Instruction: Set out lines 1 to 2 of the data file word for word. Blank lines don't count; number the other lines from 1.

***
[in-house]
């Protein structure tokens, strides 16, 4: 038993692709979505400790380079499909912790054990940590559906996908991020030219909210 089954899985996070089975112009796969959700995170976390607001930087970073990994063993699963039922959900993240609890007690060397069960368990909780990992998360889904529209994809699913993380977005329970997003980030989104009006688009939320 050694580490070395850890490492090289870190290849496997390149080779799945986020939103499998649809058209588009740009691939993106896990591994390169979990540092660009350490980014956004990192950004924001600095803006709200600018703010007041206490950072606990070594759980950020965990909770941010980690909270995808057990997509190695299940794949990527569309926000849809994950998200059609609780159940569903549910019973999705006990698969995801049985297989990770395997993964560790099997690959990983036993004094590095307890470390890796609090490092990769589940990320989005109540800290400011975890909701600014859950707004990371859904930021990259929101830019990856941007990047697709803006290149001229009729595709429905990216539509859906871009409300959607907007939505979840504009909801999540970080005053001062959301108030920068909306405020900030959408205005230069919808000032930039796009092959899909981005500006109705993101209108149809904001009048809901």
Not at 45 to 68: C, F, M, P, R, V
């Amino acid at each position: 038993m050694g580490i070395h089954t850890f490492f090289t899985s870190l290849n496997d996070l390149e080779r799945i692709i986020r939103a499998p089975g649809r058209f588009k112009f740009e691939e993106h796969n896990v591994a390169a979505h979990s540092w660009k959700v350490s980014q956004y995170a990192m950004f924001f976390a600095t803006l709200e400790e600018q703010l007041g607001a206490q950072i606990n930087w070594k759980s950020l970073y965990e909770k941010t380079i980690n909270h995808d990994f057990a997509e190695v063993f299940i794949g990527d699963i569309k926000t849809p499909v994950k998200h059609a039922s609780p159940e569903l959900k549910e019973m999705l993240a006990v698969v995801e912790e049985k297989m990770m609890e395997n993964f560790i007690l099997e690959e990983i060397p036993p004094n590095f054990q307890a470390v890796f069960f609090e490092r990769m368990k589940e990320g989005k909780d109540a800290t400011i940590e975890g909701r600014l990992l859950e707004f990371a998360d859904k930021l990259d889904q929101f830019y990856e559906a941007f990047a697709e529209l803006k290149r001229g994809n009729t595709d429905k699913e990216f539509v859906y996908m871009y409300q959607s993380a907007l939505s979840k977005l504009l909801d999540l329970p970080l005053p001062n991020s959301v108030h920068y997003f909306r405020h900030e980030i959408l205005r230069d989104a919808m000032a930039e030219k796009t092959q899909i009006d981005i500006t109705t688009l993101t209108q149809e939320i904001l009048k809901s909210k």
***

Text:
[in-house]
């Protein structure tokens, strides 16, 4: 038993692709979505400790380079499909912790054990940590559906996908991020030219909210 089954899985996070089975112009796969959700995170976390607001930087970073990994063993699963039922959900993240609890007690060397069960368990909780990992998360889904529209994809699913993380977005329970997003980030989104009006688009939320 050694580490070395850890490492090289870190290849496997390149080779799945986020939103499998649809058209588009740009691939993106896990591994390169979990540092660009350490980014956004990192950004924001600095803006709200600018703010007041206490950072606990070594759980950020965990909770941010980690909270995808057990997509190695299940794949990527569309926000849809994950998200059609609780159940569903549910019973999705006990698969995801049985297989990770395997993964560790099997690959990983036993004094590095307890470390890796609090490092990769589940990320989005109540800290400011975890909701600014859950707004990371859904930021990259929101830019990856941007990047697709803006290149001229009729595709429905990216539509859906871009409300959607907007939505979840504009909801999540970080005053001062959301108030920068909306405020900030959408205005230069919808000032930039796009092959899909981005500006109705993101209108149809904001009048809901």